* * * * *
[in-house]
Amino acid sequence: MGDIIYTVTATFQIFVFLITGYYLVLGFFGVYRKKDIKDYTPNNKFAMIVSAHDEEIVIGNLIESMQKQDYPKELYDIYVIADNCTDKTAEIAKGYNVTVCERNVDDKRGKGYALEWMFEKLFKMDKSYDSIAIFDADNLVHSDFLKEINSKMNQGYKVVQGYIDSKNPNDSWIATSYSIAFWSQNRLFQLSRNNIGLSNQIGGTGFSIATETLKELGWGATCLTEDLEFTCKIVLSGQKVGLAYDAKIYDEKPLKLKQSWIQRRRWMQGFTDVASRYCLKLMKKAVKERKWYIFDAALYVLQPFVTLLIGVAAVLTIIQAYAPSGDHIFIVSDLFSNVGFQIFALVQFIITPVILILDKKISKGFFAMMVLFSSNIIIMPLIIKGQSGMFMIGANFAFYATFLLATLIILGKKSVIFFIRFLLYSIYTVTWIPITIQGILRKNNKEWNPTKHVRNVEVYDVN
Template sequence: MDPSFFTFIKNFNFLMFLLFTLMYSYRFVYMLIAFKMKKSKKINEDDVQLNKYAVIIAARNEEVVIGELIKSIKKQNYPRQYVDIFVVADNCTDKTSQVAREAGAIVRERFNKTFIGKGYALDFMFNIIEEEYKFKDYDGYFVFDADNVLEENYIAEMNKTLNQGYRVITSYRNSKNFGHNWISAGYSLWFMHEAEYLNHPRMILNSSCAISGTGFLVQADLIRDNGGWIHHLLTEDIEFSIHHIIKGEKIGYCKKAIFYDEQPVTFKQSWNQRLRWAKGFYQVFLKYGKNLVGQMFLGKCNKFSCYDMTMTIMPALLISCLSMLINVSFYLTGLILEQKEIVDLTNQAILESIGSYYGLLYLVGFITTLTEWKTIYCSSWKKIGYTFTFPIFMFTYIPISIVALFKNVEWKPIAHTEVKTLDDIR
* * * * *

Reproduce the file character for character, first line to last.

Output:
[in-house]
Amino acid sequence: MGDIIYTVTATFQIFVFLITGYYLVLGFFGVYRKKDIKDYTPNNKFAMIVSAHDEEIVIGNLIESMQKQDYPKELYDIYVIADNCTDKTAEIAKGYNVTVCERNVDDKRGKGYALEWMFEKLFKMDKSYDSIAIFDADNLVHSDFLKEINSKMNQGYKVVQGYIDSKNPNDSWIATSYSIAFWSQNRLFQLSRNNIGLSNQIGGTGFSIATETLKELGWGATCLTEDLEFTCKIVLSGQKVGLAYDAKIYDEKPLKLKQSWIQRRRWMQGFTDVASRYCLKLMKKAVKERKWYIFDAALYVLQPFVTLLIGVAAVLTIIQAYAPSGDHIFIVSDLFSNVGFQIFALVQFIITPVILILDKKISKGFFAMMVLFSSNIIIMPLIIKGQSGMFMIGANFAFYATFLLATLIILGKKSVIFFIRFLLYSIYTVTWIPITIQGILRKNNKEWNPTKHVRNVEVYDVN
Template sequence: MDPSFFTFIKNFNFLMFLLFTLMYSYRFVYMLIAFKMKKSKKINEDDVQLNKYAVIIAARNEEVVIGELIKSIKKQNYPRQYVDIFVVADNCTDKTSQVAREAGAIVRERFNKTFIGKGYALDFMFNIIEEEYKFKDYDGYFVFDADNVLEENYIAEMNKTLNQGYRVITSYRNSKNFGHNWISAGYSLWFMHEAEYLNHPRMILNSSCAISGTGFLVQADLIRDNGGWIHHLLTEDIEFSIHHIIKGEKIGYCKKAIFYDEQPVTFKQSWNQRLRWAKGFYQVFLKYGKNLVGQMFLGKCNKFSCYDMTMTIMPALLISCLSMLINVSFYLTGLILEQKEIVDLTNQAILESIGSYYGLLYLVGFITTLTEWKTIYCSSWKKIGYTFTFPIFMFTYIPISIVALFKNVEWKPIAHTEVKTLDDIR